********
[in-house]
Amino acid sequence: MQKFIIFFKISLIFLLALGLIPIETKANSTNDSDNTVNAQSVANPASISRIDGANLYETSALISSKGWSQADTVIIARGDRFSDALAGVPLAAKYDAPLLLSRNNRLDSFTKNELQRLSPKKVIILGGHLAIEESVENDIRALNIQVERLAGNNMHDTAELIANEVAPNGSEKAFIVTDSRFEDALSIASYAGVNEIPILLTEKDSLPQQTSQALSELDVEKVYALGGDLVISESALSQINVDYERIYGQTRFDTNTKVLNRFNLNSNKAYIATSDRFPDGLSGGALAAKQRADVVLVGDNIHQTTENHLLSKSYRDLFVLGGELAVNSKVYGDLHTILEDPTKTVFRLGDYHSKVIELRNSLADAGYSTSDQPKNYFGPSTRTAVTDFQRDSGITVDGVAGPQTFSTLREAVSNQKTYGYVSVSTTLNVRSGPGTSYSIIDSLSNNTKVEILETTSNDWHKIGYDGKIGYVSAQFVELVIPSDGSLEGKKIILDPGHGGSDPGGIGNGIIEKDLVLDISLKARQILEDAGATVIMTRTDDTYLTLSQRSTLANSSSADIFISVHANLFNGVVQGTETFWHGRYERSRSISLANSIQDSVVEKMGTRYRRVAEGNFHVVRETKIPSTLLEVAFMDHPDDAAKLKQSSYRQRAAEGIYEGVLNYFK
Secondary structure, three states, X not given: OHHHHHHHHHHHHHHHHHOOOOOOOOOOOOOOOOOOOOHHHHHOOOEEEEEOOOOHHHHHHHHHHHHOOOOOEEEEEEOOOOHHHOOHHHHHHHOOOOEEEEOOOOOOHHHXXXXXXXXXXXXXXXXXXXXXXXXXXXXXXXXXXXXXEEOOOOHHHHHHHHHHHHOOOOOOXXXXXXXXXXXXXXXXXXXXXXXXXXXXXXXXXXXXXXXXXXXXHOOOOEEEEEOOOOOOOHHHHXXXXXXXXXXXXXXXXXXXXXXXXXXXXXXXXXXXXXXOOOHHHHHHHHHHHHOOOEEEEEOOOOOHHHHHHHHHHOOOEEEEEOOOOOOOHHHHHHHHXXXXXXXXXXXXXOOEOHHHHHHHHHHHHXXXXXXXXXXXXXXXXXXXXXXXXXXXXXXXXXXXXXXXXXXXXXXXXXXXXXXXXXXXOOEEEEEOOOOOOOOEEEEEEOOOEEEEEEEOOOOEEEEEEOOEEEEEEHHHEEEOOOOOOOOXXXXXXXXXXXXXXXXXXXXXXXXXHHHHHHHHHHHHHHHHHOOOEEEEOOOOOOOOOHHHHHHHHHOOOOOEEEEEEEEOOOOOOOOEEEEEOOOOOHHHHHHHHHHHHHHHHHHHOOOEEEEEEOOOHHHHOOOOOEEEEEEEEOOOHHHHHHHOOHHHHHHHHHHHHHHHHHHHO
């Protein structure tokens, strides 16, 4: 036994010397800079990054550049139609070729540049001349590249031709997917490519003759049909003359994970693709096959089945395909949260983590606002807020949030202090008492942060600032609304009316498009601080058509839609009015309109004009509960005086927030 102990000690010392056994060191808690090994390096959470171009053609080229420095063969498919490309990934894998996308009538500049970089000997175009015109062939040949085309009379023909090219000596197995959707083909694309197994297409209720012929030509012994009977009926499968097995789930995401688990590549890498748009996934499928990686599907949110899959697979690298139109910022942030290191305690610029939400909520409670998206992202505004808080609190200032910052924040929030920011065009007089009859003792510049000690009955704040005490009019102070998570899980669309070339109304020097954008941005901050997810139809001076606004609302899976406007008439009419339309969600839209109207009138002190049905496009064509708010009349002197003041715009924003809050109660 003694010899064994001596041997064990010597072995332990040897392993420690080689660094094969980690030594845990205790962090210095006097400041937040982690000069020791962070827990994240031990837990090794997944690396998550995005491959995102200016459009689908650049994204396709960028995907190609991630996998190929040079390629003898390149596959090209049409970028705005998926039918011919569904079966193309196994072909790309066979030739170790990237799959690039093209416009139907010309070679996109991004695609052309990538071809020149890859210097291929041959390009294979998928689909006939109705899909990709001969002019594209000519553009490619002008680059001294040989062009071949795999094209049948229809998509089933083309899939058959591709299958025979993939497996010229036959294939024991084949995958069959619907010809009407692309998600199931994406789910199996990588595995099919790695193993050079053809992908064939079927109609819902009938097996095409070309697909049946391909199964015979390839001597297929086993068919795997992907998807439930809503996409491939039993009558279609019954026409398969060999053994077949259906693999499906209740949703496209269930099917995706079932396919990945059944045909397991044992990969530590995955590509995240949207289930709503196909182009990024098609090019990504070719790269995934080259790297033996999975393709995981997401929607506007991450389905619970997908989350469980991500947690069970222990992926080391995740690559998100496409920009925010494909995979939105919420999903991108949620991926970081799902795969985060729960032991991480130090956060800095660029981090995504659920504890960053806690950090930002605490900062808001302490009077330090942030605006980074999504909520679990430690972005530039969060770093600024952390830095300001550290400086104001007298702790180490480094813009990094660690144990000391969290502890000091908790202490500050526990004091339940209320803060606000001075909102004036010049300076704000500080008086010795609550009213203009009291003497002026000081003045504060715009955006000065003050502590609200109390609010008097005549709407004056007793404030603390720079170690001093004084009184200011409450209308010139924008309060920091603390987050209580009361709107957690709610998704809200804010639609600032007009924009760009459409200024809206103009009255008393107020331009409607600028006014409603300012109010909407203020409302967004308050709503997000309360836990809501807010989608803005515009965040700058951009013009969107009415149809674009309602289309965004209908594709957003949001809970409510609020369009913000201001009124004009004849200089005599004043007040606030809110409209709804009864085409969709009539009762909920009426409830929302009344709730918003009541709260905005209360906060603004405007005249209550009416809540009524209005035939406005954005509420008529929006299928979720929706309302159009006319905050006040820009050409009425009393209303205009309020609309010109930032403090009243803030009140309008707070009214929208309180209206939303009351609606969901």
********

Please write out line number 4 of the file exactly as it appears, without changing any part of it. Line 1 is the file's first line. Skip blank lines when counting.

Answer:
């Protein structure tokens, strides 16, 4: 036994010397800079990054550049139609070729540049001349590249031709997917490519003759049909003359994970693709096959089945395909949260983590606002807020949030202090008492942060600032609304009316498009601080058509839609009015309109004009509960005086927030 102990000690010392056994060191808690090994390096959470171009053609080229420095063969498919490309990934894998996308009538500049970089000997175009015109062939040949085309009379023909090219000596197995959707083909694309197994297409209720012929030509012994009977009926499968097995789930995401688990590549890498748009996934499928990686599907949110899959697979690298139109910022942030290191305690610029939400909520409670998206992202505004808080609190200032910052924040929030920011065009007089009859003792510049000690009955704040005490009019102070998570899980669309070339109304020097954008941005901050997810139809001076606004609302899976406007008439009419339309969600839209109207009138002190049905496009064509708010009349002197003041715009924003809050109660 003694010899064994001596041997064990010597072995332990040897392993420690080689660094094969980690030594845990205790962090210095006097400041937040982690000069020791962070827990994240031990837990090794997944690396998550995005491959995102200016459009689908650049994204396709960028995907190609991630996998190929040079390629003898390149596959090209049409970028705005998926039918011919569904079966193309196994072909790309066979030739170790990237799959690039093209416009139907010309070679996109991004695609052309990538071809020149890859210097291929041959390009294979998928689909006939109705899909990709001969002019594209000519553009490619002008680059001294040989062009071949795999094209049948229809998509089933083309899939058959591709299958025979993939497996010229036959294939024991084949995958069959619907010809009407692309998600199931994406789910199996990588595995099919790695193993050079053809992908064939079927109609819902009938097996095409070309697909049946391909199964015979390839001597297929086993068919795997992907998807439930809503996409491939039993009558279609019954026409398969060999053994077949259906693999499906209740949703496209269930099917995706079932396919990945059944045909397991044992990969530590995955590509995240949207289930709503196909182009990024098609090019990504070719790269995934080259790297033996999975393709995981997401929607506007991450389905619970997908989350469980991500947690069970222990992926080391995740690559998100496409920009925010494909995979939105919420999903991108949620991926970081799902795969985060729960032991991480130090956060800095660029981090995504659920504890960053806690950090930002605490900062808001302490009077330090942030605006980074999504909520679990430690972005530039969060770093600024952390830095300001550290400086104001007298702790180490480094813009990094660690144990000391969290502890000091908790202490500050526990004091339940209320803060606000001075909102004036010049300076704000500080008086010795609550009213203009009291003497002026000081003045504060715009955006000065003050502590609200109390609010008097005549709407004056007793404030603390720079170690001093004084009184200011409450209308010139924008309060920091603390987050209580009361709107957690709610998704809200804010639609600032007009924009760009459409200024809206103009009255008393107020331009409607600028006014409603300012109010909407203020409302967004308050709503997000309360836990809501807010989608803005515009965040700058951009013009969107009415149809674009309602289309965004209908594709957003949001809970409510609020369009913000201001009124004009004849200089005599004043007040606030809110409209709804009864085409969709009539009762909920009426409830929302009344709730918003009541709260905005209360906060603004405007005249209550009416809540009524209005035939406005954005509420008529929006299928979720929706309302159009006319905050006040820009050409009425009393209303205009309020609309010109930032403090009243803030009140309008707070009214929208309180209206939303009351609606969901």